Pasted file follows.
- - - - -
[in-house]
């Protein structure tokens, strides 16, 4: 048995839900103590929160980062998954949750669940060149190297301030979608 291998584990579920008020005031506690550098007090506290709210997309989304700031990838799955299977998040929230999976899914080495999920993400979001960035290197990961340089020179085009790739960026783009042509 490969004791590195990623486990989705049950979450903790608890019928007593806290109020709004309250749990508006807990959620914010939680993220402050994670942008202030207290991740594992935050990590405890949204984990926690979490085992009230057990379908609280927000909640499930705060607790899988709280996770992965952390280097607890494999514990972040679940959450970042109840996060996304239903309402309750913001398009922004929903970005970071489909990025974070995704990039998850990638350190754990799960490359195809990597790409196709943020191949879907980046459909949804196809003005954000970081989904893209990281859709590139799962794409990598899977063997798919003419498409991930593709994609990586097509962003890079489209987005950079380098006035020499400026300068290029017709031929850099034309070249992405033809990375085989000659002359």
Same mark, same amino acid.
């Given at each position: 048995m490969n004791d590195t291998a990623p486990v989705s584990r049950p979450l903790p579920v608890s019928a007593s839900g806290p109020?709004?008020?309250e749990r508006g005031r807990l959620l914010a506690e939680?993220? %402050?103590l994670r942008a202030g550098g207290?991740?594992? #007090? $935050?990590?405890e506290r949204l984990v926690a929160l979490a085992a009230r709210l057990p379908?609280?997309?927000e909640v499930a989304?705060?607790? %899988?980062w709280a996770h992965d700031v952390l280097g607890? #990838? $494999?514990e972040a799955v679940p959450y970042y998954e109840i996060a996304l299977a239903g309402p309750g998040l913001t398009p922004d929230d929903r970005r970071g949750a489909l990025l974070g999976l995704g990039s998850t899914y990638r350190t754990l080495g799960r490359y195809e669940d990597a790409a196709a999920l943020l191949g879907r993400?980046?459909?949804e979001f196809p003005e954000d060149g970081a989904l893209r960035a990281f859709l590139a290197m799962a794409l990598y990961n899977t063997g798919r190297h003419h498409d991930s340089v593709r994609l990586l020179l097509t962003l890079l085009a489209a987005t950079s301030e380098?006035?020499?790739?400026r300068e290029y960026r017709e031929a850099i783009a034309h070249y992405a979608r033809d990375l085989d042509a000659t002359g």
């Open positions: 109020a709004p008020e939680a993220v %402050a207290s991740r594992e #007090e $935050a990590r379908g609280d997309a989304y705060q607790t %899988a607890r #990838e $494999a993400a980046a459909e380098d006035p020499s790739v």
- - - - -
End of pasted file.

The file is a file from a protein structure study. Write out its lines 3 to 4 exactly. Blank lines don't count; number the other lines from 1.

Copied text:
Same mark, same amino acid.
């Given at each position: 048995m490969n004791d590195t291998a990623p486990v989705s584990r049950p979450l903790p579920v608890s019928a007593s839900g806290p109020?709004?008020?309250e749990r508006g005031r807990l959620l914010a506690e939680?993220? %402050?103590l994670r942008a202030g550098g207290?991740?594992? #007090? $935050?990590?405890e506290r949204l984990v926690a929160l979490a085992a009230r709210l057990p379908?609280?997309?927000e909640v499930a989304?705060?607790? %899988?980062w709280a996770h992965d700031v952390l280097g607890? #990838? $494999?514990e972040a799955v679940p959450y970042y998954e109840i996060a996304l299977a239903g309402p309750g998040l913001t398009p922004d929230d929903r970005r970071g949750a489909l990025l974070g999976l995704g990039s998850t899914y990638r350190t754990l080495g799960r490359y195809e669940d990597a790409a196709a999920l943020l191949g879907r993400?980046?459909?949804e979001f196809p003005e954000d060149g970081a989904l893209r960035a990281f859709l590139a290197m799962a794409l990598y990961n899977t063997g798919r190297h003419h498409d991930s340089v593709r994609l990586l020179l097509t962003l890079l085009a489209a987005t950079s301030e380098?006035?020499?790739?400026r300068e290029y960026r017709e031929a850099i783009a034309h070249y992405a979608r033809d990375l085989d042509a000659t002359g």